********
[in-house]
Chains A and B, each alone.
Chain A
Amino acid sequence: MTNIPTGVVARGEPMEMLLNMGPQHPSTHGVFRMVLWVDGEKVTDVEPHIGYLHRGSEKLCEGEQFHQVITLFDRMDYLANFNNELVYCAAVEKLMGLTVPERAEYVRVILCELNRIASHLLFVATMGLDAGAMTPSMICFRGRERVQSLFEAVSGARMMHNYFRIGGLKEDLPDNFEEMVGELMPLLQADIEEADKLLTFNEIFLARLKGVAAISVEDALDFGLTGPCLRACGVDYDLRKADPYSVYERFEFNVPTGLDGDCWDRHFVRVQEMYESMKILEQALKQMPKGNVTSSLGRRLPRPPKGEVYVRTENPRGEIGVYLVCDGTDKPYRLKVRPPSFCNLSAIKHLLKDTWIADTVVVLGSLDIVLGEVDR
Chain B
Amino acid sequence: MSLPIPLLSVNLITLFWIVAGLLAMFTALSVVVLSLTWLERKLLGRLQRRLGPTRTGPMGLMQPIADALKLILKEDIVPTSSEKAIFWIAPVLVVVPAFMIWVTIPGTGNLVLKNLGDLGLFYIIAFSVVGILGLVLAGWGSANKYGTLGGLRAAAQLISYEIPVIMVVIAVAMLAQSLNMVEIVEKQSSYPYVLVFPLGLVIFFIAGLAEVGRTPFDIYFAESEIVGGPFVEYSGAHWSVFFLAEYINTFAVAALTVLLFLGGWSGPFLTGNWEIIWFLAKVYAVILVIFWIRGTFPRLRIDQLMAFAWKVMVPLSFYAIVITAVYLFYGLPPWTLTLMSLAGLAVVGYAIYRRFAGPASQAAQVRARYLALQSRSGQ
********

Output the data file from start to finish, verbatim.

[in-house]
Chains A and B, each alone.
Chain A
Amino acid sequence: MTNIPTGVVARGEPMEMLLNMGPQHPSTHGVFRMVLWVDGEKVTDVEPHIGYLHRGSEKLCEGEQFHQVITLFDRMDYLANFNNELVYCAAVEKLMGLTVPERAEYVRVILCELNRIASHLLFVATMGLDAGAMTPSMICFRGRERVQSLFEAVSGARMMHNYFRIGGLKEDLPDNFEEMVGELMPLLQADIEEADKLLTFNEIFLARLKGVAAISVEDALDFGLTGPCLRACGVDYDLRKADPYSVYERFEFNVPTGLDGDCWDRHFVRVQEMYESMKILEQALKQMPKGNVTSSLGRRLPRPPKGEVYVRTENPRGEIGVYLVCDGTDKPYRLKVRPPSFCNLSAIKHLLKDTWIADTVVVLGSLDIVLGEVDR
Chain B
Amino acid sequence: MSLPIPLLSVNLITLFWIVAGLLAMFTALSVVVLSLTWLERKLLGRLQRRLGPTRTGPMGLMQPIADALKLILKEDIVPTSSEKAIFWIAPVLVVVPAFMIWVTIPGTGNLVLKNLGDLGLFYIIAFSVVGILGLVLAGWGSANKYGTLGGLRAAAQLISYEIPVIMVVIAVAMLAQSLNMVEIVEKQSSYPYVLVFPLGLVIFFIAGLAEVGRTPFDIYFAESEIVGGPFVEYSGAHWSVFFLAEYINTFAVAALTVLLFLGGWSGPFLTGNWEIIWFLAKVYAVILVIFWIRGTFPRLRIDQLMAFAWKVMVPLSFYAIVITAVYLFYGLPPWTLTLMSLAGLAVVGYAIYRRFAGPASQAAQVRARYLALQSRSGQ